Given the rise in popularity of social tagging systems, it seems only natural to ask how efficient is the organically evolved tagging vocabulary in describing any underlying objects?
The accumulation of human knowledge relies on innovations in novel methods of organizing information. Subject indexes, ontologies, library catalogs, Dewey decimal systems are just a few examples of how curators and users of information environments have attempted to organize knowledge. Recently, tagging has exploded as a fad in information systems to categorize and cluster information objects. Shirky argues that since tagging systems does not use a controlled vocabulary, it can easily respond to changes in the consensus of how things should be classified.
Social navigation as enabled by social tagging systems can be studied by how well the tags form a vocabulary to describe the contents being tagged. At ICWSM conference today as well as Hypertext 2008 conference coming up in June, we are reporting research on using information theory to understand social tagging datasets.
For most tagging systems the total number of tags in the collective vocabulary is much less than the total number of objects being tagged. We collected del.icio.us bookmarking data using a custom web crawler and screen scraper in late-summer 2006. We collected 9,853,345 distinct documents 140,182 users, and 118,456 users in our dataset for a total of roughly 35 milliion bookmarks. The ratio of unique documents to unique tags is almost 84. Given this multiplicity of tags to documents, a question remains: how effective are the tags at isolating any single document? Naively, if we specify a single tag in this system we would uniquely identify 84 documents--- thus the answer to our question is ``not very well!''. However this method carries a faulty assumption; not every document is equal. Some documents are more popular and important than others, and this importance is conveyed by the number bookmarks per document. Thus, we can reformulate the above question to be: how well does the mapping of tags to documents retain about the distribution of the documents?
This is where Information Theory comes in. Information theory provides a natural framework to understand the
amount of shared information between two random variables. The conditional entropy measures the amount of
entropy remaining in one random variable when we know the value of a second random variable.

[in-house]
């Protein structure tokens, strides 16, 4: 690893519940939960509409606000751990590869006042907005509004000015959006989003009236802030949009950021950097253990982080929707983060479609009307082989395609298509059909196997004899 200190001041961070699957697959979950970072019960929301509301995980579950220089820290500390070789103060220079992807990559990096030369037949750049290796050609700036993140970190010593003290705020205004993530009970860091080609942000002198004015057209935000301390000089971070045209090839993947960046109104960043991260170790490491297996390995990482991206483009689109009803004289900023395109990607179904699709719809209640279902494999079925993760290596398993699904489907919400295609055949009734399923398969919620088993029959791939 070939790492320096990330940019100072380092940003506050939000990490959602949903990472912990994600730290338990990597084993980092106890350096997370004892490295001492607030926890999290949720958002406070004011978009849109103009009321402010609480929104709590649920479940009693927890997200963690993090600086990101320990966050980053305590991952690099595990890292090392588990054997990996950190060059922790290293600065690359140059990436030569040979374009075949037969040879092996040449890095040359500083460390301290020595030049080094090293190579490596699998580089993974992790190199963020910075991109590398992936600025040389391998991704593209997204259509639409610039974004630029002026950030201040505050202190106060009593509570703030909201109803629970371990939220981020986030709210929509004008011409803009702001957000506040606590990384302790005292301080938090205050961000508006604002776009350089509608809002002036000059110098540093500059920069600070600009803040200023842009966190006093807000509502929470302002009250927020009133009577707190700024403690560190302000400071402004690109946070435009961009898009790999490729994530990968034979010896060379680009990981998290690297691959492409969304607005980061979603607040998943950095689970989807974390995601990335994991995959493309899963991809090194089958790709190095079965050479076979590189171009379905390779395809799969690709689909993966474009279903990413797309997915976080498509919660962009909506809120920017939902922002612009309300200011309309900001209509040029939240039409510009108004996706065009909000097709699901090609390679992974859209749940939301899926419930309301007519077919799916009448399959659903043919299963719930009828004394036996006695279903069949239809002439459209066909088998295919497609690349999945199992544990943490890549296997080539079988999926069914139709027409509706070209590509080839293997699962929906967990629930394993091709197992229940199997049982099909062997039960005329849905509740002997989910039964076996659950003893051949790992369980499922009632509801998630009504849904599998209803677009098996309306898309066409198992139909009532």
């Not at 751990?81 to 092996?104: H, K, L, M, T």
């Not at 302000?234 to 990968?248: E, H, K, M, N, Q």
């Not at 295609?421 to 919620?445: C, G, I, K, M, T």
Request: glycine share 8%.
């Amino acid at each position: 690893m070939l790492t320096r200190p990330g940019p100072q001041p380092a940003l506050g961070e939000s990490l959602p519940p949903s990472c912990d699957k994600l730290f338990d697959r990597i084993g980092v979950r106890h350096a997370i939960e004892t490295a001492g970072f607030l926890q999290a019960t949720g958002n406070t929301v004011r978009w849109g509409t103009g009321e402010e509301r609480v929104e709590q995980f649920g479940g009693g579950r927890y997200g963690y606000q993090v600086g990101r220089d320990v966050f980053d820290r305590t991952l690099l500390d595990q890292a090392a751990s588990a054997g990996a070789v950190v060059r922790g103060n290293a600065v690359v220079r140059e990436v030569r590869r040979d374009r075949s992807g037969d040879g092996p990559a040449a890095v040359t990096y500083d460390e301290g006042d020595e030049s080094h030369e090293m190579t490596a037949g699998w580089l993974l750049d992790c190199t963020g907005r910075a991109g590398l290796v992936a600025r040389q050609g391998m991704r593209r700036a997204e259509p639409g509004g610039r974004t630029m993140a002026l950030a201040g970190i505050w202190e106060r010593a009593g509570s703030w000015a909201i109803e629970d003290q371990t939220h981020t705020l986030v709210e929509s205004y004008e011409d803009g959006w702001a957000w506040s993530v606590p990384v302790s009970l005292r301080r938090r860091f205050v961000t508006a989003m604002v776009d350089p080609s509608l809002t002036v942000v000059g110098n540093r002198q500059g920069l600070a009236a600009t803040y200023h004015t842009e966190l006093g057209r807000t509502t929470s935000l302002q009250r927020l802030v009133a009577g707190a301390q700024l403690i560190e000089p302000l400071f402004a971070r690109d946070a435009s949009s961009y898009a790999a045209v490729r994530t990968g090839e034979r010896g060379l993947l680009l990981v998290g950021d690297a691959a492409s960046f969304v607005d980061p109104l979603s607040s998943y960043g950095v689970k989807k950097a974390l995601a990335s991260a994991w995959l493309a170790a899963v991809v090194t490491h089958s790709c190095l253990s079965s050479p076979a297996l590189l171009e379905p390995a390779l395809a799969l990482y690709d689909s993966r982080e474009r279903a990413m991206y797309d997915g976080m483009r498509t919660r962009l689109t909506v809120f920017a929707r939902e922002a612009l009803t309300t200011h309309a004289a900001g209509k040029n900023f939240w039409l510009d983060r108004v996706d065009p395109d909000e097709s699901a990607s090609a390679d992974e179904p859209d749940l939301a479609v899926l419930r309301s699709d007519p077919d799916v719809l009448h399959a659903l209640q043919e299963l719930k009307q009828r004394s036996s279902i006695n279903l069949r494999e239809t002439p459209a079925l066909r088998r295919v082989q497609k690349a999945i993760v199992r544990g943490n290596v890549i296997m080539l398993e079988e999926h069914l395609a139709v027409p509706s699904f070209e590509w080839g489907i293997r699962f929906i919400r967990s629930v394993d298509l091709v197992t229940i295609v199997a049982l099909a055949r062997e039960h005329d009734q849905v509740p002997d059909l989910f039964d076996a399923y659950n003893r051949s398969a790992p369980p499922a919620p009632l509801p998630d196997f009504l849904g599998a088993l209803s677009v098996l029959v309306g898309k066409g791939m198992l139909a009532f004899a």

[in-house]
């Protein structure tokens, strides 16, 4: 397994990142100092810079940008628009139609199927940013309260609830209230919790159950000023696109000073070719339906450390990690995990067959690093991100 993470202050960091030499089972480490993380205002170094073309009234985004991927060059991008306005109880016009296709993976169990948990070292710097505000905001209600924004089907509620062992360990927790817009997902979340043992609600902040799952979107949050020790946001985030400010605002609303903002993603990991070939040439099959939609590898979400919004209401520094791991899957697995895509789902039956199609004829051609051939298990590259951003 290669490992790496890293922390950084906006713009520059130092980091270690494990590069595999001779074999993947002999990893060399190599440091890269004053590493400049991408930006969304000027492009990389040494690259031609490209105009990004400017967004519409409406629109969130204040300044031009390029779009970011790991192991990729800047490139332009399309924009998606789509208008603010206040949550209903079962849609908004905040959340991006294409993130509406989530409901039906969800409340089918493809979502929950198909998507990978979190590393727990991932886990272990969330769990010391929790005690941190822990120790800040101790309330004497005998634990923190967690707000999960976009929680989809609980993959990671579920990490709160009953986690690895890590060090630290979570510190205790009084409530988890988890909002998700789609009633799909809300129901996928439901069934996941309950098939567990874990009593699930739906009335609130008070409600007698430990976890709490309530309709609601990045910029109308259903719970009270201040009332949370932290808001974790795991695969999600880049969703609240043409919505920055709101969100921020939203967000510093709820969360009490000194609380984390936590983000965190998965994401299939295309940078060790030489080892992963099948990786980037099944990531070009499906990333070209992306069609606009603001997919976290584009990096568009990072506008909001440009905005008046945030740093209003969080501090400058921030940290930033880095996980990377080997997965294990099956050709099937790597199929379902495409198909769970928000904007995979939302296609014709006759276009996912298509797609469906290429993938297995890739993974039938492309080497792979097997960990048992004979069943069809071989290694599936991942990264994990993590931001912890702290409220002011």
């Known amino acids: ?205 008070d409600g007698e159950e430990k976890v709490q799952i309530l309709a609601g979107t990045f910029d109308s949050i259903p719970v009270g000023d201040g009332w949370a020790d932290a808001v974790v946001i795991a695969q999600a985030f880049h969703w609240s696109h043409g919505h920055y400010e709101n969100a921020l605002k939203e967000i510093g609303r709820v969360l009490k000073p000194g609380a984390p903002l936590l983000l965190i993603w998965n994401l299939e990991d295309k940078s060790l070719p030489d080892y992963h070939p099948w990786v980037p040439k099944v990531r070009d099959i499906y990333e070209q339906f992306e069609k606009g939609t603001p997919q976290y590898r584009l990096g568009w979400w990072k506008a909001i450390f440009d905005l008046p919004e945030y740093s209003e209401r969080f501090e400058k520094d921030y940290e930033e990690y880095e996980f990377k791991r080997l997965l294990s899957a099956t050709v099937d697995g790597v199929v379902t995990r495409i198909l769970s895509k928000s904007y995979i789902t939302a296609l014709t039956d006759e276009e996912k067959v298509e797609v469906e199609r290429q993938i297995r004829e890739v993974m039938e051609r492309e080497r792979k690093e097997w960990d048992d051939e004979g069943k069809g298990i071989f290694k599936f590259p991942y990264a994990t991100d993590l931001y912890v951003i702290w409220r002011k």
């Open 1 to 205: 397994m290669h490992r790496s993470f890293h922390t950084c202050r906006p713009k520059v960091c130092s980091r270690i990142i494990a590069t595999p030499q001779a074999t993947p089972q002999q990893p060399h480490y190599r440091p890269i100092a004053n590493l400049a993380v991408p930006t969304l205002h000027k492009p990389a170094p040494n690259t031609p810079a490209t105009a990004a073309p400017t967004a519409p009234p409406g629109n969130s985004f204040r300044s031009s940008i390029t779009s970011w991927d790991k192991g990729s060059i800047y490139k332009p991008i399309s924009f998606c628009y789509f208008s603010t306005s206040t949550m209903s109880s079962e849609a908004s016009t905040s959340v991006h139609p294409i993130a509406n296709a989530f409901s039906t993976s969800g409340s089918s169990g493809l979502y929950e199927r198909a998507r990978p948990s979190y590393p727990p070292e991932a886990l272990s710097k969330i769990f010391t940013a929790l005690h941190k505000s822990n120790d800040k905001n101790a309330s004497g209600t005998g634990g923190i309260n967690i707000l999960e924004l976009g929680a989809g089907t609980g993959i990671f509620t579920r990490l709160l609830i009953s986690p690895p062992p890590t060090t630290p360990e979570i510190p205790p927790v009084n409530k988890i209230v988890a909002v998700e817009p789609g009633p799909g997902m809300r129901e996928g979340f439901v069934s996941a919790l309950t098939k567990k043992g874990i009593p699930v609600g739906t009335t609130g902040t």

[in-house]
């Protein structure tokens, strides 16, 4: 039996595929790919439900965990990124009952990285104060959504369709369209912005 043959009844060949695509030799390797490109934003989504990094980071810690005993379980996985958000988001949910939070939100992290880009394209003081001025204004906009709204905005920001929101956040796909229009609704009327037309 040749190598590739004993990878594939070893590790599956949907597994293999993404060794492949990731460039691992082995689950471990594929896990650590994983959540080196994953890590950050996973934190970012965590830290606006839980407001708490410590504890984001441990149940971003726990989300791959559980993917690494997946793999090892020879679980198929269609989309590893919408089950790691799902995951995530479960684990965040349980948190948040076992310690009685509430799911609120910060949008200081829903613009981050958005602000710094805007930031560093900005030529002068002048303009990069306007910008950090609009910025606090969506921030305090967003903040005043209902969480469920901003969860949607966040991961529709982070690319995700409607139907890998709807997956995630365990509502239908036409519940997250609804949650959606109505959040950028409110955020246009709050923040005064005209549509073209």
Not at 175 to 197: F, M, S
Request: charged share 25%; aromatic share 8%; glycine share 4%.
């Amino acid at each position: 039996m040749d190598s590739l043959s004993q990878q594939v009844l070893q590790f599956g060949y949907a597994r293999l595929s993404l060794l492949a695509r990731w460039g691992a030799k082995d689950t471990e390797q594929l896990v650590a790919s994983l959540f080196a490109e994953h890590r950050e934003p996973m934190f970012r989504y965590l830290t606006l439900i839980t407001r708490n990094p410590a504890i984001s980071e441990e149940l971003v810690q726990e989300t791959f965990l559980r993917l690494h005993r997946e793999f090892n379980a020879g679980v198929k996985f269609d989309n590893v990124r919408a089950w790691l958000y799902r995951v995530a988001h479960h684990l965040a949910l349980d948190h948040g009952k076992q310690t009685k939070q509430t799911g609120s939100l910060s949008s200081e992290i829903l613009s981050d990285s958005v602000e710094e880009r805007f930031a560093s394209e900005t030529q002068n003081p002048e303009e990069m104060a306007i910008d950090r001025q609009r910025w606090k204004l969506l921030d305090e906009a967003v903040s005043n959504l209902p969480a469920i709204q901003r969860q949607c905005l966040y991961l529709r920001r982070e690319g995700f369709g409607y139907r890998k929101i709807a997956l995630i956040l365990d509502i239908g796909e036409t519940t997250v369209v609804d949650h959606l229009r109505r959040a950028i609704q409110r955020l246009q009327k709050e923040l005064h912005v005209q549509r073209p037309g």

The entropy of documents conditional on tags, H(D|T), is increasing rapidly. What this means is that, even after knowing completely the value of a tag, the entropy of the set of documents is increasing over time. Conditional Entropy asks the question: "Given that I know a set of tags, how much uncertainty regarding the document set that I was referencing with those tags remains?"
The fact that this curve is strictly increasing suggests that the specicity of any given tag is decreasing. That is to say, as a navigation aid, tags are becoming harder and harder to use. We are moving closer and closer to the proverbial "needle in a haystack" where any single tag references too many documents to be considered useful. "Aha!" you say, because users can respond to this by using more tags per bookmark. This way, they can specify several tags (instead of just a single one) to retrieve the exactly the document they want. If you thought that, you'd be right.
The plot here shows that the average number of tags per bookmark is around 2.8 as of late summer 2006. We have seen a similar trend in the number of query terms in search engine query logs increasing. As the size of the web increases, in order to find specific facts and items, users have to specify more keywords in order to find a specific content. The same evolutionary pressure appears to be at work here in the tagging behavior of users.
Another way to look at the data is to think about Mutual Information, which is a measure of independence between the two variables. Full independence is reached when I(D;T) = 0. As seen in here the trend is steep and quickly decreasing. As a measure of usefulness of the tags and their encoding, this suggests a worsening trend in the ability of users to specify and find tags and documents.
While our crawl at the time is probably incomplete, but this could be a reasonable method to look at the evolutionary trends of a social tagging system. More importantly, it suggests that we need to build search and recommendation systems that help users sift through resources in social tagging systems.
The references are:
Ed H. Chi, Todd Mytkowicz. Understanding the Efficiency of Social Tagging Systems using Information Theory. In Proc. of ACM Conference on Hypertext 2008. (to appear). ACM Press, 2008. Pittsburgh, PA.
(poster) Ed H. Chi, Todd Mytkowicz. Understanding the Efficiency of Social Tagging Systems using Information Theory. In Proc. of the Second International Conference on Weblogs and Social Media (ICWSM2008). Seattle, WA.